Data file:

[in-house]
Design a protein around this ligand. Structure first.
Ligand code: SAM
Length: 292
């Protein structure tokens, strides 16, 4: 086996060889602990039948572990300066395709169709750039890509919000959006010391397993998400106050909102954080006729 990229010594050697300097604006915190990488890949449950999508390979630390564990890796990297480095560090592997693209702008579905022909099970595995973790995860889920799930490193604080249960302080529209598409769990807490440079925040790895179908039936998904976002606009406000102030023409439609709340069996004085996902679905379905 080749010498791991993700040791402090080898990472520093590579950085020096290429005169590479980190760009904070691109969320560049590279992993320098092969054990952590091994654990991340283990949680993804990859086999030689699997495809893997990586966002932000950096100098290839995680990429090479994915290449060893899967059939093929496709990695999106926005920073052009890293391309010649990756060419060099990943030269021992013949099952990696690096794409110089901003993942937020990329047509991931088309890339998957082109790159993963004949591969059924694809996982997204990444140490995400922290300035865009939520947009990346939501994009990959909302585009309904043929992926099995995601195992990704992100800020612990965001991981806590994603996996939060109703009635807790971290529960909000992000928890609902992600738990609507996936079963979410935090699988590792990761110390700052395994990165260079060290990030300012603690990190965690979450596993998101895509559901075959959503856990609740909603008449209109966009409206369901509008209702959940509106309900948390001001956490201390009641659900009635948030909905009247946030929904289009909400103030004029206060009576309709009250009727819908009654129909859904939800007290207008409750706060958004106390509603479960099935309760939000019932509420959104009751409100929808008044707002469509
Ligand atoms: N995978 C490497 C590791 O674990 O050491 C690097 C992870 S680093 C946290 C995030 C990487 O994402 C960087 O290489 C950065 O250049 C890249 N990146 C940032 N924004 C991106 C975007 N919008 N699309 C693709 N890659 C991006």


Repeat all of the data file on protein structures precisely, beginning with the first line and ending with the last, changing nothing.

[in-house]
Design a protein around this ligand. Structure first.
Ligand code: SAM
Length: 292
């Protein structure tokens, strides 16, 4: 086996060889602990039948572990300066395709169709750039890509919000959006010391397993998400106050909102954080006729 990229010594050697300097604006915190990488890949449950999508390979630390564990890796990297480095560090592997693209702008579905022909099970595995973790995860889920799930490193604080249960302080529209598409769990807490440079925040790895179908039936998904976002606009406000102030023409439609709340069996004085996902679905379905 080749010498791991993700040791402090080898990472520093590579950085020096290429005169590479980190760009904070691109969320560049590279992993320098092969054990952590091994654990991340283990949680993804990859086999030689699997495809893997990586966002932000950096100098290839995680990429090479994915290449060893899967059939093929496709990695999106926005920073052009890293391309010649990756060419060099990943030269021992013949099952990696690096794409110089901003993942937020990329047509991931088309890339998957082109790159993963004949591969059924694809996982997204990444140490995400922290300035865009939520947009990346939501994009990959909302585009309904043929992926099995995601195992990704992100800020612990965001991981806590994603996996939060109703009635807790971290529960909000992000928890609902992600738990609507996936079963979410935090699988590792990761110390700052395994990165260079060290990030300012603690990190965690979450596993998101895509559901075959959503856990609740909603008449209109966009409206369901509008209702959940509106309900948390001001956490201390009641659900009635948030909905009247946030929904289009909400103030004029206060009576309709009250009727819908009654129909859904939800007290207008409750706060958004106390509603479960099935309760939000019932509420959104009751409100929808008044707002469509
Ligand atoms: N995978 C490497 C590791 O674990 O050491 C690097 C992870 S680093 C946290 C995030 C990487 O994402 C960087 O290489 C950065 O250049 C890249 N990146 C940032 N924004 C991106 C975007 N919008 N699309 C693709 N890659 C991006």